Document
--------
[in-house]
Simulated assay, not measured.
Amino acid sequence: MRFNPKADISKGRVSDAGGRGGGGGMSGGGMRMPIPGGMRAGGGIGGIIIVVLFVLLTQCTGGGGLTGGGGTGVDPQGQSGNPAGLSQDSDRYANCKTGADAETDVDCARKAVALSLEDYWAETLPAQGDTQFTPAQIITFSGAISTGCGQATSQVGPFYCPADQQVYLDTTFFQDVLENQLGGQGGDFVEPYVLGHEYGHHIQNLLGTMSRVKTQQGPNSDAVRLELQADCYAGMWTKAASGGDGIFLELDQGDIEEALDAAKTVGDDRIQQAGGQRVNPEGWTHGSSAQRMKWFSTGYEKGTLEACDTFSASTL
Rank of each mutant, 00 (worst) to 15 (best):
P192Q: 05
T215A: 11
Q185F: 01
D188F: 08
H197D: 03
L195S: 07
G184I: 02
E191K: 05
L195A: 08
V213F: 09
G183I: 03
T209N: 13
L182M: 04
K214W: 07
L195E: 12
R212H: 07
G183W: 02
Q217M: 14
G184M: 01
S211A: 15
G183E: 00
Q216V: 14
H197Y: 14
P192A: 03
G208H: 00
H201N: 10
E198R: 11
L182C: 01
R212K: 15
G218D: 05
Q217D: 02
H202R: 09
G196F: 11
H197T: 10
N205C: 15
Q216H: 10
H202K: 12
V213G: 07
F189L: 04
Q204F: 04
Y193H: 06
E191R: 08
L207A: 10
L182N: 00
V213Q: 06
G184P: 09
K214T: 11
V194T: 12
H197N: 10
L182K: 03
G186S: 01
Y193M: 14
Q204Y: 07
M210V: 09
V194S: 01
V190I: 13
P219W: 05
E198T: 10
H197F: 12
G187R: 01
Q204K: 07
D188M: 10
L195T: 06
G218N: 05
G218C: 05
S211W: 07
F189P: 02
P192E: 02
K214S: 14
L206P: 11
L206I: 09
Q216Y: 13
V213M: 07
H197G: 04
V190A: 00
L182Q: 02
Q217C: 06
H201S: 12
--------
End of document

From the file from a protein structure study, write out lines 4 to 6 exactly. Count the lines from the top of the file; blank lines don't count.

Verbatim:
Rank of each mutant, 00 (worst) to 15 (best):
P192Q: 05
T215A: 11